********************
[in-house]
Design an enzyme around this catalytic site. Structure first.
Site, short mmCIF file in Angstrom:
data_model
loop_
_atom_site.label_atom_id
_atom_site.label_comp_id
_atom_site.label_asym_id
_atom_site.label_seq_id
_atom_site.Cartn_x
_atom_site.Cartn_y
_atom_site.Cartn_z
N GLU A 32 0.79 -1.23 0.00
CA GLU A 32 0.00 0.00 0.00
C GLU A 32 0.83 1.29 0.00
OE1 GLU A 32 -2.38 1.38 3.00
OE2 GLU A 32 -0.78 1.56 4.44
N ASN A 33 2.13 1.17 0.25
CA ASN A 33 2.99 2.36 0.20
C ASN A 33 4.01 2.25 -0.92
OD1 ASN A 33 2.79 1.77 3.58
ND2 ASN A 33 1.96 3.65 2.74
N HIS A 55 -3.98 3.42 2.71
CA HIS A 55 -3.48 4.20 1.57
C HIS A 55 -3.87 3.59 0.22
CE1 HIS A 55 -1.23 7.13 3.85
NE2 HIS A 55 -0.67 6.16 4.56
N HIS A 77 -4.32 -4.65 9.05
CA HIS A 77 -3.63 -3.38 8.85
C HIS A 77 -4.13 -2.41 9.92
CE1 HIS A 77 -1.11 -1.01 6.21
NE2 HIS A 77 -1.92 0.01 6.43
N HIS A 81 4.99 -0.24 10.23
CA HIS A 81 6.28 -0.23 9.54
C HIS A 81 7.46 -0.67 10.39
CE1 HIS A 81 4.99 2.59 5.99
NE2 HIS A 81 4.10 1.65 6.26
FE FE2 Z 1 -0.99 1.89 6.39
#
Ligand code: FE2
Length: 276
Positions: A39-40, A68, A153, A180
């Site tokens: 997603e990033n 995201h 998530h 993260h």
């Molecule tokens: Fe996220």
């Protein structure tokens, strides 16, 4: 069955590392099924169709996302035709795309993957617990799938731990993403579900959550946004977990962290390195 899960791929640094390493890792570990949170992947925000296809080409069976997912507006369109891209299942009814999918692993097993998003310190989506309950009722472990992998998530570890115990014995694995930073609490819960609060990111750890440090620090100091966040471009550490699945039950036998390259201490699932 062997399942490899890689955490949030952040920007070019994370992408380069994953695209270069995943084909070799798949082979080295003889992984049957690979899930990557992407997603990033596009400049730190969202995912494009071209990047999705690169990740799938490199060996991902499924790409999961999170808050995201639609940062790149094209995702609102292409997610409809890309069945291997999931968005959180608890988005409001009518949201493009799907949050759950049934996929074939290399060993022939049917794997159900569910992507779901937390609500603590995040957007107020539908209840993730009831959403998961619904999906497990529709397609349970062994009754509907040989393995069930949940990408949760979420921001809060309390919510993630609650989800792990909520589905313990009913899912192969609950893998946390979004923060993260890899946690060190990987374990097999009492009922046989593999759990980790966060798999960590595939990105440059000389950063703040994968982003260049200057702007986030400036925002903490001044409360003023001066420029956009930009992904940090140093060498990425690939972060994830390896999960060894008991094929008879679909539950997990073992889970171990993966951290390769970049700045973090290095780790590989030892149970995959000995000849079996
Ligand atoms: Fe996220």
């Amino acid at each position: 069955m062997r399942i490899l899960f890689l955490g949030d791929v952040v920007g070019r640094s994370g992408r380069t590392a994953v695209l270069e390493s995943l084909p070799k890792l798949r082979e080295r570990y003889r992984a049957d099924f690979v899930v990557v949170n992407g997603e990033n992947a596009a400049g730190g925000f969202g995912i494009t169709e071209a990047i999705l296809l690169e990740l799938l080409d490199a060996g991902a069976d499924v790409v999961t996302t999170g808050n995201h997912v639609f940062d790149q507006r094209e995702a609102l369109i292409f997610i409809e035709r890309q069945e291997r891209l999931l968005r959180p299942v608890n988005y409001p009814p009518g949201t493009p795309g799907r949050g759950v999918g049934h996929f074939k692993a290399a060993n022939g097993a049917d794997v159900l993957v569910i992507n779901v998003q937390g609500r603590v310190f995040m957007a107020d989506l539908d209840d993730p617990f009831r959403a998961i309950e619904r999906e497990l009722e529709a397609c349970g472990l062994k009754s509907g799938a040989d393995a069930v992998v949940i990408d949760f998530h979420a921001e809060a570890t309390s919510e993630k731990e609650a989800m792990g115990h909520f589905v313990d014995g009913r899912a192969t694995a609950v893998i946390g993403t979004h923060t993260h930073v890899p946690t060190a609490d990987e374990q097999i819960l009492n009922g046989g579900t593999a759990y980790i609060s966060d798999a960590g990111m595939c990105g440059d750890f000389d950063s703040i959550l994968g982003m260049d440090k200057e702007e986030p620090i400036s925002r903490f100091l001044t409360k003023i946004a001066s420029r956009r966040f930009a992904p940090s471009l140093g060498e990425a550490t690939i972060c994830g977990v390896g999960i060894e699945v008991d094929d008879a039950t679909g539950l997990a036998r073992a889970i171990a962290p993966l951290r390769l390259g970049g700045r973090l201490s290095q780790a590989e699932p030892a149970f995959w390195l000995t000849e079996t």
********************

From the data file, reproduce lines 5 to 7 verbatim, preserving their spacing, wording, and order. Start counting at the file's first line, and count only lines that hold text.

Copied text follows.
loop_
_atom_site.label_atom_id
_atom_site.label_comp_id